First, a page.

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Congressional Perks Deemed Essential During Government Shutdown While Public Sacrifices

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WASHINGTON -- Around the country, furloughed federal workers are wondering how they're going to pay their bills while they wait for the government to reopen. Businesses that rely on tourists are taking a hit due to shuttered national parks. And scientists conducting groundbreaking research have had to put the brakes on their work.

Meanwhile, members of Congress continue to pump iron in their exclusive gym, ride on special trolleys so that they don't have to walk a few extra feet and in some cases, protect their entire staff from the furloughs faced by other federal workers. Here's a look at the maddeningly arbitrary nature of the government shutdown, and at what has been declared "essential" and "nonessential":

ESSENTIAL: The gym for members of the House of Representatives.

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The House gym reserved exclusively for lawmakers remains open during the shutdown. It features a swimming pool, basketball courts, a sauna and steam room. "This job is very stressful and if you don't have a place to vent, you are going to go crazy and that's why I've used it all these years,” said Rep. Don Young (R-Alaska), who has been a user since 1973. While there's no towel service available during these tough times, taxpayers are still paying for maintenance and cleaning. The House gym for staff members, however, is closed.

NONESSENTIAL: Clinical trials at the National Institutes of Health. Each week, about 200 people go to NIH hoping to receive new treatment in clinical trials. But with 75 percent of the NIH staff furloughed, the agency is not accepting new patients until the government reopens.

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ESSENTIAL: Every single member of Rep. Steve King's (R-Iowa) staff.

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King, like a handful of other lawmakers, has not yet furloughed anyone in his office -- even though members of Congress are supposed to only keep on staffers who are essential to legislating. King has justified his lack of sacrifice by saying that his staff is "picking up the slack" for members who have furloughed their aides.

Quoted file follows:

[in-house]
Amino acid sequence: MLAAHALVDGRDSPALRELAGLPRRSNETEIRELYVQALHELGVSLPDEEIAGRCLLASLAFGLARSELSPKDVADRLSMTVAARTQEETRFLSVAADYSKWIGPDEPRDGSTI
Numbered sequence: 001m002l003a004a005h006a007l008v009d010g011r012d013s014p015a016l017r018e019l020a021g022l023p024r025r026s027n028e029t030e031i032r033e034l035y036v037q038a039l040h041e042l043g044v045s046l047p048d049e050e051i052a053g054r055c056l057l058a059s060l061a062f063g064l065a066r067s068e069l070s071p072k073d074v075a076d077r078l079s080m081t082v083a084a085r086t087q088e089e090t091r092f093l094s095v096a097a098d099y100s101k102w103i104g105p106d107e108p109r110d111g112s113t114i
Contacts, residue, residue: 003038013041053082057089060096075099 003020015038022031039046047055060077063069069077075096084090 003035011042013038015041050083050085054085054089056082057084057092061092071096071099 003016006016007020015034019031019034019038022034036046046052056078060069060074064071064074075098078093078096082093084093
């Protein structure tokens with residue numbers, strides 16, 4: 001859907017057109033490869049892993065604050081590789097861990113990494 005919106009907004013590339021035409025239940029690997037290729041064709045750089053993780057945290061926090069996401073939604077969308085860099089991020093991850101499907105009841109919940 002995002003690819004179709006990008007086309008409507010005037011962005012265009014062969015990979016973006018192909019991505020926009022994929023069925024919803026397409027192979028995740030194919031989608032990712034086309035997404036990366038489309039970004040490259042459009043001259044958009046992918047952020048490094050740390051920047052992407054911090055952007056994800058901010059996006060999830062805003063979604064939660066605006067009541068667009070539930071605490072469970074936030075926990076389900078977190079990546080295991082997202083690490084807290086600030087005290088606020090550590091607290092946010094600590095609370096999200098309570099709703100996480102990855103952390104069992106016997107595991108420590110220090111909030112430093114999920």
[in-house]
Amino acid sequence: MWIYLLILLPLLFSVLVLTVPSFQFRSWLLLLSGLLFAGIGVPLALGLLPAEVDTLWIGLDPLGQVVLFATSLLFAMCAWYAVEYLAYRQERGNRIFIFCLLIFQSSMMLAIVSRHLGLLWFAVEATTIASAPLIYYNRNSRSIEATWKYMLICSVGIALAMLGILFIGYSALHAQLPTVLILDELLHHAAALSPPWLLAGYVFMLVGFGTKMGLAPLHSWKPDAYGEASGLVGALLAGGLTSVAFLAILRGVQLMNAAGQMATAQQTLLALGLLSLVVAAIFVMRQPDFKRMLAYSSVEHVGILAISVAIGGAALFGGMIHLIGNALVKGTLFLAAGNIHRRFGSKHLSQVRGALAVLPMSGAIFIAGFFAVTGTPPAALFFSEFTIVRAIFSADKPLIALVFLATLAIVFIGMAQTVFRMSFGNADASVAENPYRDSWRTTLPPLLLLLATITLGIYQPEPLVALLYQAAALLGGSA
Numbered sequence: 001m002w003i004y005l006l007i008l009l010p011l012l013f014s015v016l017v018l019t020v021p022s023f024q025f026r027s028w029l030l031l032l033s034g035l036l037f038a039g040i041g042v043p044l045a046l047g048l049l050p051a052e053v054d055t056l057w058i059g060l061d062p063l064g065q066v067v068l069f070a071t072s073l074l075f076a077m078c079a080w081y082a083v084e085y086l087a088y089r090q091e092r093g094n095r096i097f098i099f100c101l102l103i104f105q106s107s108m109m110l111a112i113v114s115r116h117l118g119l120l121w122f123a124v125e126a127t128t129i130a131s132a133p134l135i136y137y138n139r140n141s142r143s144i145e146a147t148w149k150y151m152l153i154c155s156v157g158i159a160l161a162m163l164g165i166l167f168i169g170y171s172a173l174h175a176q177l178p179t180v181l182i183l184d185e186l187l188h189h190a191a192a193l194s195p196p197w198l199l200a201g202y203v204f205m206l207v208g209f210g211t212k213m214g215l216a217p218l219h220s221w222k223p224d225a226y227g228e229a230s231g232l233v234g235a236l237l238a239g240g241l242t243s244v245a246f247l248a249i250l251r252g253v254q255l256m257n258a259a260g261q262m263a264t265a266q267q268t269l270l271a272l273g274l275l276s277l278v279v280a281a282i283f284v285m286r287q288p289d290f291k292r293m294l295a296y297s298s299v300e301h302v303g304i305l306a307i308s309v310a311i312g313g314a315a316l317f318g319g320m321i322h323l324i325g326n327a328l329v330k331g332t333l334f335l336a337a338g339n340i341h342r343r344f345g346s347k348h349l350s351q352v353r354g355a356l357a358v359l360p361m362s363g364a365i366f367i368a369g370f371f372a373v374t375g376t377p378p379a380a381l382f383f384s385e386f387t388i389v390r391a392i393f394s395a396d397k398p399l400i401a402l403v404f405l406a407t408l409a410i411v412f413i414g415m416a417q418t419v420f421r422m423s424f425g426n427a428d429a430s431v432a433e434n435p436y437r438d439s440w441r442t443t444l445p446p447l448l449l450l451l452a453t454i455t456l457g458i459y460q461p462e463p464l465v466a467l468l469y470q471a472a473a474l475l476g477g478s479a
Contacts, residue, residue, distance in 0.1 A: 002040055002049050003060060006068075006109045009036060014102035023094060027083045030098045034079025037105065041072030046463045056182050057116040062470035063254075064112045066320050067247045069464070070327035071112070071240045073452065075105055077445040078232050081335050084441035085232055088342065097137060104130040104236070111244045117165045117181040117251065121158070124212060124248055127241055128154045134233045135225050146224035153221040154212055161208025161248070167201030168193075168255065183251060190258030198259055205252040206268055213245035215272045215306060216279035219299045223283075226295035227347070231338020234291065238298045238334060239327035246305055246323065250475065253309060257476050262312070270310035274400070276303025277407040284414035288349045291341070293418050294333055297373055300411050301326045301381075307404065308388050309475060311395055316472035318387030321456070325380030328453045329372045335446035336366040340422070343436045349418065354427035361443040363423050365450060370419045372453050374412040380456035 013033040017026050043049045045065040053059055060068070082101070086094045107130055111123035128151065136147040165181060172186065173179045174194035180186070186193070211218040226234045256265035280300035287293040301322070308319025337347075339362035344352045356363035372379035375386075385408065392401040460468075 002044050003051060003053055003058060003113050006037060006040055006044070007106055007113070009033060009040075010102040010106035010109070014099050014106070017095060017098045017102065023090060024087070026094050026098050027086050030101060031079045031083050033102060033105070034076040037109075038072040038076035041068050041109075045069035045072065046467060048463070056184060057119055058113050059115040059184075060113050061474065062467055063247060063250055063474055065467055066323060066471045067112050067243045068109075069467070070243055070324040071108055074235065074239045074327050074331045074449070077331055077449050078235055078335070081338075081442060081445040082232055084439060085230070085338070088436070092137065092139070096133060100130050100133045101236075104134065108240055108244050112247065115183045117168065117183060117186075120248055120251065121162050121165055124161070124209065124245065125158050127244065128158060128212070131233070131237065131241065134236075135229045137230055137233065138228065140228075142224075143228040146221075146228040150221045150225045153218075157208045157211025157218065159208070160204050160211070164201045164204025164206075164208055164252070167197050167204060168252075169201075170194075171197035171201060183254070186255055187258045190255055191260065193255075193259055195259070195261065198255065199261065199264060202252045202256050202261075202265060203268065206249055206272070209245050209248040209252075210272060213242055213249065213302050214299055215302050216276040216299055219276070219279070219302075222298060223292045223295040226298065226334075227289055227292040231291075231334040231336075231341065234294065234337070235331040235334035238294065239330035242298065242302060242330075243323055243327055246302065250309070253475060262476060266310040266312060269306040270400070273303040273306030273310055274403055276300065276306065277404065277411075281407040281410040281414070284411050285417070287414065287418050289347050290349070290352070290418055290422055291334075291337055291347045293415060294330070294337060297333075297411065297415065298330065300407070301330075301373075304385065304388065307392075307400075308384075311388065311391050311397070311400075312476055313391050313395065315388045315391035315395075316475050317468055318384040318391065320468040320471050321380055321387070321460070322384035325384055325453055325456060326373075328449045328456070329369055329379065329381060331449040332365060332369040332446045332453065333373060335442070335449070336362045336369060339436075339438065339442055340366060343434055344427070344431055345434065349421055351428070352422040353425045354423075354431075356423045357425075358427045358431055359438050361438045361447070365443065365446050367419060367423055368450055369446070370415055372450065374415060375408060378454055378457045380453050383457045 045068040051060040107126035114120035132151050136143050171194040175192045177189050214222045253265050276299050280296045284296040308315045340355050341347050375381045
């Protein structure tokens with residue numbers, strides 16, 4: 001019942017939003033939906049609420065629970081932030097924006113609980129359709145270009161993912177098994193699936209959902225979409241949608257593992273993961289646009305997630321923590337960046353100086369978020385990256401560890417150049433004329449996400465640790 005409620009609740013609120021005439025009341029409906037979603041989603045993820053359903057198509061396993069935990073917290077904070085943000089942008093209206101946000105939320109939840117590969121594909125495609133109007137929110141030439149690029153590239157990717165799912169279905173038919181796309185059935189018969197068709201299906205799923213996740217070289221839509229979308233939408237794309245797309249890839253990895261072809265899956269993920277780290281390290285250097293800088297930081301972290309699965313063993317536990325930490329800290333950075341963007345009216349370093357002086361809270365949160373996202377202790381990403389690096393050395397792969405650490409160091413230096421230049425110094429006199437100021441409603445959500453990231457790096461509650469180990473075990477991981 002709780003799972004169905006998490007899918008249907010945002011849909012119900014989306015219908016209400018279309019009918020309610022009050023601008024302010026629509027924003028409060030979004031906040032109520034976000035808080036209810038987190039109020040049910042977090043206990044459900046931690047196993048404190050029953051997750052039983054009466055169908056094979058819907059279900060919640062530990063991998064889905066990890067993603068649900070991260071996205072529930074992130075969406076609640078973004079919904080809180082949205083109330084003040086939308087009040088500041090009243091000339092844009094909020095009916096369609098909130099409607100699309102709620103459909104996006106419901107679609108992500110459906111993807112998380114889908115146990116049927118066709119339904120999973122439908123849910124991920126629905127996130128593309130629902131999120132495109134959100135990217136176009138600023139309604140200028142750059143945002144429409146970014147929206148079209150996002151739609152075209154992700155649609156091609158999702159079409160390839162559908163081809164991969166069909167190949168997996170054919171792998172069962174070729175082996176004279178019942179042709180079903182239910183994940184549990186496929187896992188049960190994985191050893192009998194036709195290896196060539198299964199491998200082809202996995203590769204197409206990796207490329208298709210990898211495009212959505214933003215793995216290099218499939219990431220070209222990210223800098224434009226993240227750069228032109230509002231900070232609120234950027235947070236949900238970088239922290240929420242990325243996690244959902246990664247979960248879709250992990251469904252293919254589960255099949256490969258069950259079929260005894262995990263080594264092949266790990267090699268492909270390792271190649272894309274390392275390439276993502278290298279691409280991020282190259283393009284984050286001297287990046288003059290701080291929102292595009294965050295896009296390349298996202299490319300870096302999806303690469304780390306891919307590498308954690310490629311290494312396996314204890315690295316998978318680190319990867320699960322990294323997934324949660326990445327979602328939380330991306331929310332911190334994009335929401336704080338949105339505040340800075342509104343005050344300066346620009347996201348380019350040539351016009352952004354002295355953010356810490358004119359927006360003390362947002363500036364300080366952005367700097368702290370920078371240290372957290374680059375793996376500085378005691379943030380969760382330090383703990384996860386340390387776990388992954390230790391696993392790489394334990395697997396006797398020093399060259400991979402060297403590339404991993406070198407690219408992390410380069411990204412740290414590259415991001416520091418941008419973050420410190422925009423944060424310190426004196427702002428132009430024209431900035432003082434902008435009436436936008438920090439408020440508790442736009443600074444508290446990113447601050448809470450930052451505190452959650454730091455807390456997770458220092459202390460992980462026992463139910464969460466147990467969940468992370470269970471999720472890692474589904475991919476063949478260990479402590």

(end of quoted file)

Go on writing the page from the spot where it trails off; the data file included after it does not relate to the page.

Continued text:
NONESSENTIAL: A Nobel Prize-winning physicist. In 2012, David Wineland, a physicist with the National Institute of Standards and Technology, won the Nobel Prize in Physics for his "ground-breaking experimental methods that enable measuring and manipulation of individual quantum systems." But Wineland has been deemed nonessential and is furloughed due to the government shutdown.

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ESSENTIAL: The Capitol subway system.



It's a relatively short walk from the House and Senate office buildings to the U.S. Capitol. Lawmakers and their staff members don't even have to walk outside to get from point A to point B; they can go through underground tunnels and stay sheltered from the elements. And for folks who feel like relaxing, there's a special little subway car -- a few of them even have drivers -- to get them there in a ride that takes about 30 seconds. The trains remain staffed and functioning during the shutdown.

NONESSENTIAL: Cleaning up toxic waste sites. Ninety-four percent of the Environmental Protection Agency's employees have been furloughed during the government shutdown. These nonessential employees include staffers who oversee projects like Superfund cleanup sites. The EPA has suspended cleanup at 505 toxic waste sites in 47 states.

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ESSENTIAL: Every single member of Congress.

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The salaries of lawmakers, like the president, come from a pool of mandatory funds and aren't affected by the government shutdown. So whether the government is open or not, they still get paid.

NONESSENTIAL: The NASA employee who oversees the Mars rover mission. David Lavery, a program executive for solar system exploration at NASA, shepherded the development and launch of the Curiosity rover. Last week, he and eight other exceptional public servants won a prestigious Samuel J. Heyman Service to America Medal presented by the Partnership for Public Service. But four of them, including Lavery, are considered nonessential and currently furloughed.

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